The other significant component of the Mediterranean Diet is the high levels of polyphenols. These are compounds found naturally in plant foods such as fruits and vegetables. But also, in herbs and spices, tea, extra-virgin olive oil, dark chocolate and wine. Polyphenol-rich foods are packed with antioxidants, which help to neutralise free radicals which can damage cells. Polyphenols are also thought to reduce inflammation and have also been associated with a decreased risk of depressive symptoms. Incorporating this Mediterranean-style food into your daily or weekly diet may be beneficial.

The diet is also abundant in Omega-3 fats found in extra virgin olive oil and oily fish, which can also improve mental health and brain function. The diet also naturally has higher proportions of fish than we might see in a typical Western diet.

What can you do to focus on your mental health from a diet perspective?

1. Swap unhealthy refined snacks with healthier versions.

Instead of reaching for packaged sugary or sweet snacks, consider opting for whole foods. Snack on fruit, nuts and seeds, whole grain crackers, legumes, and lentils. For a packaged alternative, try something like The Happy Snack Company’s roasted chickpeas for a nutrition option on the go. Instead of salty crisps, pizza or cured meats, the Med diet has olives and feta cheese. Both foods provide that salty taste but are much healthier. They are also both fermented foods, which are great for good gut health. (Note, fermented foods can be contraindicated with some anti-depressants, so please check with your doctor if you are taking them).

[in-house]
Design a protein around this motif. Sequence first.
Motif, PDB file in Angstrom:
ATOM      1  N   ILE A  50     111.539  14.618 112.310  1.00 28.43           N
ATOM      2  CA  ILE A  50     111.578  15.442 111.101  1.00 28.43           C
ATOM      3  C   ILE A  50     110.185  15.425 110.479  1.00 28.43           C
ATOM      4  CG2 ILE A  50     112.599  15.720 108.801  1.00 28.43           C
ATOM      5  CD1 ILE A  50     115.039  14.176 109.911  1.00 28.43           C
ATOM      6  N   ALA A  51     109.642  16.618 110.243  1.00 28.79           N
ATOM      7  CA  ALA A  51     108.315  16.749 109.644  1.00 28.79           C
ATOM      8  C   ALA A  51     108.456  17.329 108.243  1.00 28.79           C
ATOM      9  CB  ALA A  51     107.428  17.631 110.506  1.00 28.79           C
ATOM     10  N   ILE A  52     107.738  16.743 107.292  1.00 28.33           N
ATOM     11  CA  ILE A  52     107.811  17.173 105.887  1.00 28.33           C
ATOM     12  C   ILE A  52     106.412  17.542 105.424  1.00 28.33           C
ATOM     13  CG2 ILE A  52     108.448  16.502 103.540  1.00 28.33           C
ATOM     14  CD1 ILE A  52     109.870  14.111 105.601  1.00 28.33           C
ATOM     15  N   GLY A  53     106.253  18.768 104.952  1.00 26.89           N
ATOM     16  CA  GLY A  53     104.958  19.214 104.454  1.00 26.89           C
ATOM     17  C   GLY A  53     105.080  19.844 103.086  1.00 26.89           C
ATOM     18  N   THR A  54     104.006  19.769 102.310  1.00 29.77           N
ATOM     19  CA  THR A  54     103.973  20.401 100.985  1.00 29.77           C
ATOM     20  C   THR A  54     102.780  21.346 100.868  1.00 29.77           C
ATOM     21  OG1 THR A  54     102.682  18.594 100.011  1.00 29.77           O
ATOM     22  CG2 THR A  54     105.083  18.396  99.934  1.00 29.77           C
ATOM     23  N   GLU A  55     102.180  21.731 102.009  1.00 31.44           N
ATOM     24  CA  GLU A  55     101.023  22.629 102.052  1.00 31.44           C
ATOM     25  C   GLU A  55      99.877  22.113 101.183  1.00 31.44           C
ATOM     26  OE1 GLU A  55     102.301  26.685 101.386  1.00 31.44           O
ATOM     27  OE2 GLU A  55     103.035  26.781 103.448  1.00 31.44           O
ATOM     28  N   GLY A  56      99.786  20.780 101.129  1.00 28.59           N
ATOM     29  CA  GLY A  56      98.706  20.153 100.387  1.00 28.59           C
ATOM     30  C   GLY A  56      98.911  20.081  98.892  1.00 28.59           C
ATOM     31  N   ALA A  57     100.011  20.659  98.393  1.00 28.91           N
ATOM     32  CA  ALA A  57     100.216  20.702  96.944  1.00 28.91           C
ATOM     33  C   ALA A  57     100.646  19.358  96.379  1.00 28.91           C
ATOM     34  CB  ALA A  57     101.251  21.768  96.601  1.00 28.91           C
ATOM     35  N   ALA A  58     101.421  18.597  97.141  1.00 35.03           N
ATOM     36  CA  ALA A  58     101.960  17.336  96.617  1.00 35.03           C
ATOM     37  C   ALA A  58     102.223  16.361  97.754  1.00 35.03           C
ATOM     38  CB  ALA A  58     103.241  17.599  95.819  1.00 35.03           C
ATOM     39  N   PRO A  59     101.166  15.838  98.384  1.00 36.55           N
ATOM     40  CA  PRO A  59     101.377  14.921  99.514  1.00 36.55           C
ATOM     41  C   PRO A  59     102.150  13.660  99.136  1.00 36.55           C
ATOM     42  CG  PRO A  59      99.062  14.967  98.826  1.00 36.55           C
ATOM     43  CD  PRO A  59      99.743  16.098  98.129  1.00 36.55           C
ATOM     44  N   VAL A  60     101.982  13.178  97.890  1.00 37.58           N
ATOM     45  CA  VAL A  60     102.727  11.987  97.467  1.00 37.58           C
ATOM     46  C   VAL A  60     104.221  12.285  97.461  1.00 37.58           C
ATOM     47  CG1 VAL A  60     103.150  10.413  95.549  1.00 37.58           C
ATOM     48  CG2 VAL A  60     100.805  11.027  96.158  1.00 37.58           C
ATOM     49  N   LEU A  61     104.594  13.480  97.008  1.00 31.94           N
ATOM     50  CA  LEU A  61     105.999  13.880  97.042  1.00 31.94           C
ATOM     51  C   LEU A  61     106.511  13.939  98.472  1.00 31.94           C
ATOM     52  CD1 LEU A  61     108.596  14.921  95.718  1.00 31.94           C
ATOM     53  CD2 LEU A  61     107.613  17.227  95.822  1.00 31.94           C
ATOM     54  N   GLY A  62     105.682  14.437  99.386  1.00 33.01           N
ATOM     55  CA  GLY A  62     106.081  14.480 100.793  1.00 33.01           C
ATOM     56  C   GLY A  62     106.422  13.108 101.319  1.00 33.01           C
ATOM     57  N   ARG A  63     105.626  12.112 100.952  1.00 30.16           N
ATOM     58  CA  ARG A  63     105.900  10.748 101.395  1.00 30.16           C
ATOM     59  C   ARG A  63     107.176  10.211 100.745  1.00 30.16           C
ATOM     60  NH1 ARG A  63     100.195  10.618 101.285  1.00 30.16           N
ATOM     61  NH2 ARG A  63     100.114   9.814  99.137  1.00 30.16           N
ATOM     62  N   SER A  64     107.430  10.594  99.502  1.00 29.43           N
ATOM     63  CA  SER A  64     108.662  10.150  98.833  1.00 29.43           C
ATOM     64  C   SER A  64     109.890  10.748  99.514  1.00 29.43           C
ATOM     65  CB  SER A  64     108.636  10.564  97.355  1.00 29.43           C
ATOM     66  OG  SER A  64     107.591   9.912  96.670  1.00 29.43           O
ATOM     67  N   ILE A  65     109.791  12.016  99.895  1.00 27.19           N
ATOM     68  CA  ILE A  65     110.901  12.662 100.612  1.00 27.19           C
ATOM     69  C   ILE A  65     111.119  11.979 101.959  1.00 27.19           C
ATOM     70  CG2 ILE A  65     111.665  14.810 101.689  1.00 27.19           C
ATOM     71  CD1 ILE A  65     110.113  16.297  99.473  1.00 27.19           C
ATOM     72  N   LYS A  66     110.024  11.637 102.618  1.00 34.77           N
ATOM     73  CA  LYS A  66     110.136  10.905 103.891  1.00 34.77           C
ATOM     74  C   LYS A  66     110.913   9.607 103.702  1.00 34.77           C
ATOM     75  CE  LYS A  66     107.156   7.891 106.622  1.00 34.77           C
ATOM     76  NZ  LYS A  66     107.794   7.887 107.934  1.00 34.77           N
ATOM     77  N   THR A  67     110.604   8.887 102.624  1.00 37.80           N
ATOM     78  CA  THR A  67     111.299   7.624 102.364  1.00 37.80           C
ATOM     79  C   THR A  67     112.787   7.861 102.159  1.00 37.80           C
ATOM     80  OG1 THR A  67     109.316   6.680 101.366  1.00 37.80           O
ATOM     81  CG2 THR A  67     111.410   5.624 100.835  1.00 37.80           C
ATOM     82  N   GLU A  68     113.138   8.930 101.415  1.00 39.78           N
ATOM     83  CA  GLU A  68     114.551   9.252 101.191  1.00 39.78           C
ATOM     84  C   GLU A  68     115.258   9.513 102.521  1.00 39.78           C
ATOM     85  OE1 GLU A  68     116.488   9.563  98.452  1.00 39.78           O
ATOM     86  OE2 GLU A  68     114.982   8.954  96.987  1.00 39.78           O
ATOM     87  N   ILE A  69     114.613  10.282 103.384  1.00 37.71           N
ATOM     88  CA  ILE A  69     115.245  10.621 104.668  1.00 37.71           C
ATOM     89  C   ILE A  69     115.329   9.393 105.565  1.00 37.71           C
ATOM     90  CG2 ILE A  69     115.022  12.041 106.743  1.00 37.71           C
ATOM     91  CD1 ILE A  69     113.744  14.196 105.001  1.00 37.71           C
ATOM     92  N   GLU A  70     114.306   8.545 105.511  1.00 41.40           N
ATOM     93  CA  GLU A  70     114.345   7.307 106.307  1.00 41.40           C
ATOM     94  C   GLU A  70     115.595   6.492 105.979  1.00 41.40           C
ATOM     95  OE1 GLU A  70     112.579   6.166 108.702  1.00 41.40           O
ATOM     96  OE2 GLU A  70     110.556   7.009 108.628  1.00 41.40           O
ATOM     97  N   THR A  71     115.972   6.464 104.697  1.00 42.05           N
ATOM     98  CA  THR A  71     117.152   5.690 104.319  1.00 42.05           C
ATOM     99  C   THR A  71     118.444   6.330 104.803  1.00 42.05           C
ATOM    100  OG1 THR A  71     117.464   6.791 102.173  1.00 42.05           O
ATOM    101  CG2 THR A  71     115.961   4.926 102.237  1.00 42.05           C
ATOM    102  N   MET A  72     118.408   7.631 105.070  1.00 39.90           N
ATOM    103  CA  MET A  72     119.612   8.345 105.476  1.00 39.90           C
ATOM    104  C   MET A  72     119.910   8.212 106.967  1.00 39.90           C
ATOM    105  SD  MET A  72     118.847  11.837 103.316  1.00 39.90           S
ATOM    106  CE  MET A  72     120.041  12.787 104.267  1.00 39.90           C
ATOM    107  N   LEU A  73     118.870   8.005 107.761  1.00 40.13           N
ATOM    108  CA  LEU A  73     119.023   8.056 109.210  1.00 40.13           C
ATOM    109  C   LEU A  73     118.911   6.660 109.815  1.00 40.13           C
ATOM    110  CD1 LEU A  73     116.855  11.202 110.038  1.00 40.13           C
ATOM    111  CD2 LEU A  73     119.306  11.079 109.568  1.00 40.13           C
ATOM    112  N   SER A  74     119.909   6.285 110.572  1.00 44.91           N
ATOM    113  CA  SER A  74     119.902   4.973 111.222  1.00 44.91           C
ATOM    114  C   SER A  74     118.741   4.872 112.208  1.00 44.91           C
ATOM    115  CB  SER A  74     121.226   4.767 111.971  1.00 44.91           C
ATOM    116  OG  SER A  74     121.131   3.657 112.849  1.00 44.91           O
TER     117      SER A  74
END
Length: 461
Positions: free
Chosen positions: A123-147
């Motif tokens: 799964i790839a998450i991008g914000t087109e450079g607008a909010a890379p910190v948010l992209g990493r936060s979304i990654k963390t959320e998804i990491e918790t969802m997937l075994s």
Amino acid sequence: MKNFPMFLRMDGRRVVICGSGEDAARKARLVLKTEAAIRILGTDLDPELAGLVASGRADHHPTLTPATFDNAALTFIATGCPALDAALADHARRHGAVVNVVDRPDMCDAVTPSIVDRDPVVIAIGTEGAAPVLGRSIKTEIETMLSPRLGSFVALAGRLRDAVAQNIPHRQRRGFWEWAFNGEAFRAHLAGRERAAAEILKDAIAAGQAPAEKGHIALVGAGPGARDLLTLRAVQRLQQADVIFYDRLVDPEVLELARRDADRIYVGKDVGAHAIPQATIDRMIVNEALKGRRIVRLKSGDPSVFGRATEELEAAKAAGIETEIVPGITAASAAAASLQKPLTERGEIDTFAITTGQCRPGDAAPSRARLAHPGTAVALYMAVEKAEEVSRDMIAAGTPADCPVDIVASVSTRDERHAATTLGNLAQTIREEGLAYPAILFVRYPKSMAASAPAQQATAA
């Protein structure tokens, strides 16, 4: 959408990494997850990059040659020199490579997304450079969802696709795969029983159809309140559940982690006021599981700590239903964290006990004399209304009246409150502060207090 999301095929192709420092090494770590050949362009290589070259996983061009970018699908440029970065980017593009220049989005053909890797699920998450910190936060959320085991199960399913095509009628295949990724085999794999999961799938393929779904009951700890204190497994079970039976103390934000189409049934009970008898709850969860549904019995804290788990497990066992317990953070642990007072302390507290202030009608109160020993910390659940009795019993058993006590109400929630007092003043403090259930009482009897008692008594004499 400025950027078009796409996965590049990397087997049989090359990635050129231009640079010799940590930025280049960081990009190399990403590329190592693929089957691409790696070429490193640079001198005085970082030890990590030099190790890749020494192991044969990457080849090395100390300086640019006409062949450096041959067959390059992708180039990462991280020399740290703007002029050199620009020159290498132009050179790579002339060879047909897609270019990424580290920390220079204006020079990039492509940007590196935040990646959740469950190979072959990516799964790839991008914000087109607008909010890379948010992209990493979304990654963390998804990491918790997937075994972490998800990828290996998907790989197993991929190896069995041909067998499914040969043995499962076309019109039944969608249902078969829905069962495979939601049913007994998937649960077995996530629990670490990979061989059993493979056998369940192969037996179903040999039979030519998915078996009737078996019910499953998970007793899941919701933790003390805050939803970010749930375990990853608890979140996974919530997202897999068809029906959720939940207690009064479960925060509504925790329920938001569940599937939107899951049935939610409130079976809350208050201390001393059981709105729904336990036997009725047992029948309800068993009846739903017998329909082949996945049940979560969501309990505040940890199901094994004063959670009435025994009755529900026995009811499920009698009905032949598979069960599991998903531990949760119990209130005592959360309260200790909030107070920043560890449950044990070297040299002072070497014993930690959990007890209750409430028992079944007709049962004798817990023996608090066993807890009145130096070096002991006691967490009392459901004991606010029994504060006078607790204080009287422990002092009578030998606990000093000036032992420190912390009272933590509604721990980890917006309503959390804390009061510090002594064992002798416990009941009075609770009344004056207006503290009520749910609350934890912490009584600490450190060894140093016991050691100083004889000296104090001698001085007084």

2. Increase fish meals and reduce red meat.

Aim for at least three serves of fish per week. Fish is high in omega-3 fats, which has been shown to have a positive effect on mental health. Increase your intake of oily fish such as tuna, salmon, mackerel, sardines, and herring. The Mediterranean diet has a host of wonderful fish recipes to help you get more into your weekly diet. With red meat, aim to eat it less often and opt for lean sources.

3. Swap out refined sugars and increase carb quality.

If you’re looking for something sweet, swap refined sugars for natural sugars. Swapping packaged snacks, cakes, and biscuits for fresh fruit. And sweetened with honey, rather than sugar. These are naturally occurring sugars. Aim for carbohydrate sources that provide a slow release of carbohydrates into the blood sugar. The quicker the process is, through refined carbs, the less sustainable energy provided to you. Low GI foods also typically contain more fibre. Try swapping white bread to brown bread, rice crackers for whole grain crackers, white rice for brown rice or basmati rice. Dried fruit for fresh fruit. We want the body to have a bit of work to do, giving you that slower release of energy across the day. Better carbs allow you to hover over that sustainable energy rather than experiencing the ups and downs of spikes in blood sugar. Refined sugars can give us a rollercoaster of emotions and appetite.

So, a couple of extra tips and tricks on top of the Mediterranean diet principles you’re all following, and this time you’re reaping the rewards from the mental health side of things on top of the physical health. If you’re curious about the Mediterranean Diet, download our free Mediterranean Diet recipes.

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The content on this page is not intended as medical advice. It is also of a general nature and is not tailored to your individual circumstances. We encourage you to seek professional help and support if you are experiencing mental ill-health.

24/7 mental health support

If talking about mental health raises issues for you, please know that help is available. Reach out to the following free services for support 24 hours a day, 7 days a week.

  • Lifeline
    Counselling for anyone, anytime. Phone 13 11 14
  • Beyond Blue
    Information and referral for depression and anxiety. Phone 1300 224 636